Sees similar problems on the horizon for Star Citizen:
The problem that RSI is now faced with is something that us vets all saw coming a mile away. This level of exposure, all the press, the promises, the hype, the glorious anti-establishment chanting and rhetoric etc.: all of it has a very bad downside.
And it’s not like the rumblings haven’t been there. Every time there is new press about a funding milestone or yet another ship concept cash grab, there is some derogatory rhetoric associated with it because most backers are fed up and just want the game they were promised back in 2012.
Others are just waiting for the day when it all comes crashing down, so they can point, chuckle, and say they saw it coming.
And last I checked, some people had spent over $5,000 on this game. Even if you don’t want to believe that, believe this: they’ve raised about $85 million from 918,806 backers. That is an average of $92 per gamer.
A couple of weeks ago last month, when there was news about the FTC going after failed promises made by someone who crowdfunded a game, there were various discussions about the terrible precedent which would be set if this game failed to deliver and if a bunch of people reported it. And that’s no joke. We’re talking $85 million. That’s a lot of cash. Other people’s money.
If you spend $30 and get a generic game, you’ll post a bad review, tell all your friends etc. Eventually, you will move on. It happens. But in this instance, given all what has transpired, and all this money, gamers aren’t going to let it slide. Even if they lost $19.
No; they’re going to ask WTF happened to “all that money?“ because now it’s their money, not some faceless investor’s, or even a publisher.
And they’re going to be pissed because they expected more than a hangar and a largely buggy Arena Commander module which isn’t representative of the game they were pitched back in 2012, and which has to have been delivered two years later in Nov 2014.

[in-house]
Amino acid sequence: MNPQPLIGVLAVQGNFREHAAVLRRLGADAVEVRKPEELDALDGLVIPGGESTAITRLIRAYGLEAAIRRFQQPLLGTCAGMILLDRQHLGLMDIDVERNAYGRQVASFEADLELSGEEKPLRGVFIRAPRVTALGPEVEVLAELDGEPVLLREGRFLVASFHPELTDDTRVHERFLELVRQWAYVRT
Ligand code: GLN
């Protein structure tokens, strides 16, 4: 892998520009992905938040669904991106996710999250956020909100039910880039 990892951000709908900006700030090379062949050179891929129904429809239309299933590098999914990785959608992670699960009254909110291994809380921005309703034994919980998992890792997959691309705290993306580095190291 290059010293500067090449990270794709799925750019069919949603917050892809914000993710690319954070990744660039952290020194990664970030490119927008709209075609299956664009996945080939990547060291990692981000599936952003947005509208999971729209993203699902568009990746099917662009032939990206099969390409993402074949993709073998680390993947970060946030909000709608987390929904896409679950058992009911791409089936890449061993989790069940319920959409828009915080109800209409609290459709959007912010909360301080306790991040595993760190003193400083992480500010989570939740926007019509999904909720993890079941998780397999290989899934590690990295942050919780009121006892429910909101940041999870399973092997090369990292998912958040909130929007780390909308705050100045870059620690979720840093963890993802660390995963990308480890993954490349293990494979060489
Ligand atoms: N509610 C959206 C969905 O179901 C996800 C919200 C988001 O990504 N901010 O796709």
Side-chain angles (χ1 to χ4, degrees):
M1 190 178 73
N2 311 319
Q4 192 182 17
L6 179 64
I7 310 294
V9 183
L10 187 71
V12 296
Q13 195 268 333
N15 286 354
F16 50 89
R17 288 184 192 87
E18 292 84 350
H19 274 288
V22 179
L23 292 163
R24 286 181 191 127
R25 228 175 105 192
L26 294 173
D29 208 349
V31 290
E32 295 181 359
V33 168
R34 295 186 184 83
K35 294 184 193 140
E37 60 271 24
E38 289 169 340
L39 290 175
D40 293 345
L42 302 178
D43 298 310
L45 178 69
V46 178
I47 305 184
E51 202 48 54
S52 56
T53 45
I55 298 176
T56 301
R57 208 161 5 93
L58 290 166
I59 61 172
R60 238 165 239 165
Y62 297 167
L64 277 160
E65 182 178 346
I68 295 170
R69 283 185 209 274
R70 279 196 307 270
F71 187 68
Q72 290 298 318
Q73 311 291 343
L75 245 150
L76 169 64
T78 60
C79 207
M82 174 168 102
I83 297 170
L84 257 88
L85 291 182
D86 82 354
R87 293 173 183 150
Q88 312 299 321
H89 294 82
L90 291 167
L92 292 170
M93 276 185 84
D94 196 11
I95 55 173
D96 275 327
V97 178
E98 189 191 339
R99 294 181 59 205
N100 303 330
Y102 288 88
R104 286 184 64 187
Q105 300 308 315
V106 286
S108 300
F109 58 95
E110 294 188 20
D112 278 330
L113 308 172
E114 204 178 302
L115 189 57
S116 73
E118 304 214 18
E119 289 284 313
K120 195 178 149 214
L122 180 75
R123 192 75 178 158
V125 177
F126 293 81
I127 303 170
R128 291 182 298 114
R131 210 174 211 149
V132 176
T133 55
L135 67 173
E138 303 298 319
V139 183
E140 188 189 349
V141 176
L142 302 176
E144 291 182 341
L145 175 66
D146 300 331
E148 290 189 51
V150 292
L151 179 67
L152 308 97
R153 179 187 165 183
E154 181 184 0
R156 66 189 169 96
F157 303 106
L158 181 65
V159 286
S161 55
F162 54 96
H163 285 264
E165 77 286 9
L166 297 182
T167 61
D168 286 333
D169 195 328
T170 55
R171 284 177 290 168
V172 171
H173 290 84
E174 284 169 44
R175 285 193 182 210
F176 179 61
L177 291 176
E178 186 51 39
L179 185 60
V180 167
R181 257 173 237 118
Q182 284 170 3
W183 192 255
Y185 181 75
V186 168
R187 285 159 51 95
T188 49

As I’ve said before, I want this game to succeed for a lot of selfish reasons, least of all being that I funded it. I mostly want it to succeed because we don’t have any games like this in the genre, and not even my games can fill that void because they are super complex, pretty old, don’t look as pretty etc. You know, different budgets, different production values etc. And I really don’t care who makes it. All I know is that before I die, I want to play it. Is that too much to ask?
I also want it to succeed in whatever form because if it doesn’t,
it’s going to be another massive gamedev and videogame crowdfunding
black eye. I know people who are already rumbling that if this fails
that it is going to be more epic than the collapse of 38 Studios in the Summer of 2012. And that $75 million was mostly tax-payer money. And almost three years now, that one is still playing out in the courts.
What I mean by this comparison is related to the following, all of
which happened to 38 Studios, it’s creators, primary execs, politicians
etc. and how the media handled it:
- The amount of public money raised is not something to ignore. Like
that studio’s sudden implosion in 2012, it’s a lot of money. The kind of
money that makes every lawyer, politician, analyst etc., perk up their
ears and try to get involved in the fray.
- Given the number of studios working on this project worldwide, the
sudden loss of jobs would be catastrophic for some people, most of whom
had to relocate to get their jobs.
- The hype surrounding this project since its 2012 inception is going
to guarantee that every media outlet is going to want a piece of the
action, and most of that is going to be based on sheer speculation,
wanton conjecture, bullshit anonymous “sources” etc., because the focus
would be on vilifying Chris and crew, rather than focusing on what
mistakes were made.
And I need not even mention APB as another example.
To add to the noise, there are reports that people (Travis Day, a
senior producer left recently) at RSI have been leaving, the executive
producer (!) (UPDATE. It has been confirmed to me that Alex Mayberry, the Exec Producer, hired a year ago, is no longer at the company) is on his way out, and they’re spending more than they’re bringing in because crowdfunding has peaked etc.
The understated economics of game development is quite simple. For as
long as I’ve been around, and seen so many projects fail because they